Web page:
A bill filed Thursday in the N.C. Senate would repeal a law permitting state employee organizations to draft dues automatically from members’ paychecks. Senate Bill 87, State Emps./No Payroll Dues Deduction, was filed by Sens. Ralph Hise, R-Mitchell, Joyce Krawiec, R-Forsyth, Todd Johnson, R-Union, Carl Ford, R-Rowan, and Buck Newton, R-Wilson. Almost alll primary bill sponsors chair powerful appropriations sub-committees. Newton chairs the Senate Judiciary Committee.
“This is a bold move that could potentially be devastating to highly politicized state employee associations like NCAE and SEANC,” said Brian Balfour, senior vice president of research at the John Locke Foundation. “Without the automatic dues deduction, members would need to actively send in payments, and that process will prompt them to pause and think about how their dues money is being used. Many members won’t like that their money is being used to back political campaigns they don’t agree with, and in turn quit their membership.”
North Carolina has been a “Right to Work” state for 75 years. Employees here are free to work in any role without being required to join a union. The North Carolina Association of Educators and the State Employees Association of North Carolina are the largest public employee organizations, collecting dues drawn directly from some members’ paychecks to negotiate public policy on their behalf and offer insurance, discounts, and other benefits.
NCAE is associated with the National Education Association and has had declining N.C. membership in recent years, now representing an estimated 18% of teachers statewide. Dues to the organizations are on a sliding scale depending on an educator’s role, with teachers paying the highest dues, more than $500 annually, and substitutes paying the lowest at around $100 annually.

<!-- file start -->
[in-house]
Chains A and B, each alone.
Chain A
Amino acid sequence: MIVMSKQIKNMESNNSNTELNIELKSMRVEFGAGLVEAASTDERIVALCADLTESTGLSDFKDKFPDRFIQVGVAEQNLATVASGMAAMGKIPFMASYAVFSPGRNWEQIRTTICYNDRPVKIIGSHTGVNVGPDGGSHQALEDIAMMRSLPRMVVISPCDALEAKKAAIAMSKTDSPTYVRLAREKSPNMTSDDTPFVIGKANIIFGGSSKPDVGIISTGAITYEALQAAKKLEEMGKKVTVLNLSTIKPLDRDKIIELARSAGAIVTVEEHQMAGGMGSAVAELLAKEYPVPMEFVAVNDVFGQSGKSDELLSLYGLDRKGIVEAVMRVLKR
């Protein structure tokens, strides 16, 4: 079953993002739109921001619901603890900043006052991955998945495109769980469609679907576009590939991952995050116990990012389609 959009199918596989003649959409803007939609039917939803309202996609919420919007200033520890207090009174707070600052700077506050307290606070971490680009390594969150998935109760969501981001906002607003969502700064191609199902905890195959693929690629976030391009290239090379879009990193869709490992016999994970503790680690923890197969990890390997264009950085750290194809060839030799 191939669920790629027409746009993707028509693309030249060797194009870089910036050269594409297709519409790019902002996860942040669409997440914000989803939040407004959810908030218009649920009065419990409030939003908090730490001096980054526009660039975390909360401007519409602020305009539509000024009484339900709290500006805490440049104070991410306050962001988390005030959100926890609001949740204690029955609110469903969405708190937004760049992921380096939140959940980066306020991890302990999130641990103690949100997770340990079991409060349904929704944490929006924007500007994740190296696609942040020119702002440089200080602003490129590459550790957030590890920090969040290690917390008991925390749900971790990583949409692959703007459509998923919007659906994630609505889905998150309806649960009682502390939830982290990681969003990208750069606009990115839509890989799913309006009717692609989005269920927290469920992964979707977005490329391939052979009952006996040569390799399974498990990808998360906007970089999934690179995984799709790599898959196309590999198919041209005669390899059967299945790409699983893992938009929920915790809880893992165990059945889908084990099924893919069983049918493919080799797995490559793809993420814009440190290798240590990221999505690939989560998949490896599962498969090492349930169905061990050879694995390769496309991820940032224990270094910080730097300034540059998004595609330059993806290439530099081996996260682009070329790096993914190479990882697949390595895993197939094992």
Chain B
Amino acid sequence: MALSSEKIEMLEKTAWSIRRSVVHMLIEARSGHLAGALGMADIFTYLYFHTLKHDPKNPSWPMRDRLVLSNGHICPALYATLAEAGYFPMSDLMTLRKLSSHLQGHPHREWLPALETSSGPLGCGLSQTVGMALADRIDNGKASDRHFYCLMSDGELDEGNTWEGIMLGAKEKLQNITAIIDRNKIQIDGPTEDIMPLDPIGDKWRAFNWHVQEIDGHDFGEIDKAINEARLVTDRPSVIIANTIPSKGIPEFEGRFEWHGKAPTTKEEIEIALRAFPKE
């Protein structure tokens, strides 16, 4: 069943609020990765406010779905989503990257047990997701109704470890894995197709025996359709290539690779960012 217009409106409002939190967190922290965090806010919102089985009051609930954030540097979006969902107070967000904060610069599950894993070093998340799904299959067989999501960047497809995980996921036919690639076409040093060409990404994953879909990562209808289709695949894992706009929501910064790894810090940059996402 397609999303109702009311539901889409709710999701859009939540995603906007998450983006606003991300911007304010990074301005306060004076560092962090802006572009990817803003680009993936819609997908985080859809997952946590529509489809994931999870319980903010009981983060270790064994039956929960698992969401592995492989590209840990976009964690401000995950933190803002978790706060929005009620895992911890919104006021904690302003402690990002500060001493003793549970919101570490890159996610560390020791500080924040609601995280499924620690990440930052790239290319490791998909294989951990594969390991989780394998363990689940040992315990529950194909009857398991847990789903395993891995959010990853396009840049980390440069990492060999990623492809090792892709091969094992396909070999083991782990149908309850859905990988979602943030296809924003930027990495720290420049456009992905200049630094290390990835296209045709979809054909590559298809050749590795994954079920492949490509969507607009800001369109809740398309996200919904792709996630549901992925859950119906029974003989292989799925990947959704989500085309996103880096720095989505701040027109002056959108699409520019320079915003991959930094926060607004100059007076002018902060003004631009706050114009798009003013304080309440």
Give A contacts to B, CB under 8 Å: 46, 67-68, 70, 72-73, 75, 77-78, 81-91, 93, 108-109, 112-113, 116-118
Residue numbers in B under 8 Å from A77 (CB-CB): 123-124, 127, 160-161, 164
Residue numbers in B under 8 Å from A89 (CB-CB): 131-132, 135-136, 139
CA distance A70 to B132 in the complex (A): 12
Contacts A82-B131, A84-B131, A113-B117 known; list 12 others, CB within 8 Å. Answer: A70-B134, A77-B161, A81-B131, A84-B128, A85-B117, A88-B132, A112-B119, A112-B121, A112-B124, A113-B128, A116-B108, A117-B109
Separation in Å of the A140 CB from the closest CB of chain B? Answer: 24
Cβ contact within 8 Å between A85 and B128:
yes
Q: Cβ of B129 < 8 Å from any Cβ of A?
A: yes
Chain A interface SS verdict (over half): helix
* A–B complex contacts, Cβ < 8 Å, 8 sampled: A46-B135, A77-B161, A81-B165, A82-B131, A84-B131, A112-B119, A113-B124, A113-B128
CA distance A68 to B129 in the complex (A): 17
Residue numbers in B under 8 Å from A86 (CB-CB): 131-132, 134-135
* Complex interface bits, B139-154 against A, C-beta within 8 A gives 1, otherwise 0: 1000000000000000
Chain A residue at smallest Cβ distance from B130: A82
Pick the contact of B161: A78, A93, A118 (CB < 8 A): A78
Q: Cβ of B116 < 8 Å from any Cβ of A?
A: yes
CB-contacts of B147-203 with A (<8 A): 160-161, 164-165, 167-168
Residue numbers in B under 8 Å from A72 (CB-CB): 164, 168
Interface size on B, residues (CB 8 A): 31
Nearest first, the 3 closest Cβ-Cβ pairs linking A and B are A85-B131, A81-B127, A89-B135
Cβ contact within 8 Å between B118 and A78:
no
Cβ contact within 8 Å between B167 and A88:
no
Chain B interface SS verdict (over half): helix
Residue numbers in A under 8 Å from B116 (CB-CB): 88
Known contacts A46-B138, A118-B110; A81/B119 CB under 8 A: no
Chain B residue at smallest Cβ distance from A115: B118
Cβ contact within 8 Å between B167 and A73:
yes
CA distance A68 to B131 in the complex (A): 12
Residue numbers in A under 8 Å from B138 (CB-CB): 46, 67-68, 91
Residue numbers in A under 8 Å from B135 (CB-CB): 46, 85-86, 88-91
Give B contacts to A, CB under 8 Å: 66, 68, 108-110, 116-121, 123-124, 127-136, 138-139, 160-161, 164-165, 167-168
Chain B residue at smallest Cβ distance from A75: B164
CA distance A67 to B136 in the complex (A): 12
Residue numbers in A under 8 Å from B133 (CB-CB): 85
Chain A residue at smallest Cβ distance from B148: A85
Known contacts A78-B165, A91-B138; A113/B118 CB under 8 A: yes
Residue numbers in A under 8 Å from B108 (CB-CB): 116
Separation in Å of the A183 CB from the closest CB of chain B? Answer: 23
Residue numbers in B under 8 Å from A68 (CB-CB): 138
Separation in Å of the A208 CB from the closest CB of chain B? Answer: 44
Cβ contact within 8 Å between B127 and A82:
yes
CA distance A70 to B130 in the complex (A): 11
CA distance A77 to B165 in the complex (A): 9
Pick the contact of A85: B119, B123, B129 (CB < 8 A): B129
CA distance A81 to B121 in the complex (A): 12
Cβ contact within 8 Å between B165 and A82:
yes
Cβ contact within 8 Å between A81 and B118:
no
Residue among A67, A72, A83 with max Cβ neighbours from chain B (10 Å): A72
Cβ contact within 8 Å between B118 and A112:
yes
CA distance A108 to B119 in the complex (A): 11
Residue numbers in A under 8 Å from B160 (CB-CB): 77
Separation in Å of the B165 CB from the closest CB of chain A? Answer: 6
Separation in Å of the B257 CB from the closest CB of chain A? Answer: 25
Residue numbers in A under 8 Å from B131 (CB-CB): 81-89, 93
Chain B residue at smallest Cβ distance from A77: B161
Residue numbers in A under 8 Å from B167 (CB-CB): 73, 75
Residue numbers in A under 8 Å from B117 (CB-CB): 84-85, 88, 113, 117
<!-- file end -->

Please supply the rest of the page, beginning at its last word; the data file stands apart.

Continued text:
The group has actively opposed the Republican-led General Assembly, exerting political pressure to fight school choice options like Opportunity Scholarships and expansion of public charter schools. The group also pushed for Gov. Roy Cooper to veto Republican-drafted state budgets, even when there were raises for teachers in them. NCAE was also linked to calls for teacher walkouts in the first years of Republican control of the legislature. More recently, NCAE advocated for extended school closures for in-person learning during the COVID pandemic and opposed the bipartisan Senate Bill 220 to reopen schools. During the academic aftermath, NCAE President Tamika Walker Kelly started a firestorm from parents and teachers when she claimed there was not student learning loss from the closures.
SEANC is the largest public employee organization, representing more than 43,000 state employees and state retirees, with about half of them participating in payroll deduction, according to a 2020 state audit. SEANC has already begun offering members a bank draft alternative.
“By switching to an alternative payment option (APO) you don’t have to worry about
defaulting on your insurance payments or membership dues if the General Assembly
removes our ability to deduct from payroll/pensions. We are cutting out the middle
man to make sure you don’t lose any of the valued benefits and programs you enjoy,” SEANC states in a document outlining the alternative draft program.
The North Carolina Troopers Association is the third-largest public employee organization, representing 1,200 members with 1,086 of them on payroll deduction plan as of 2020.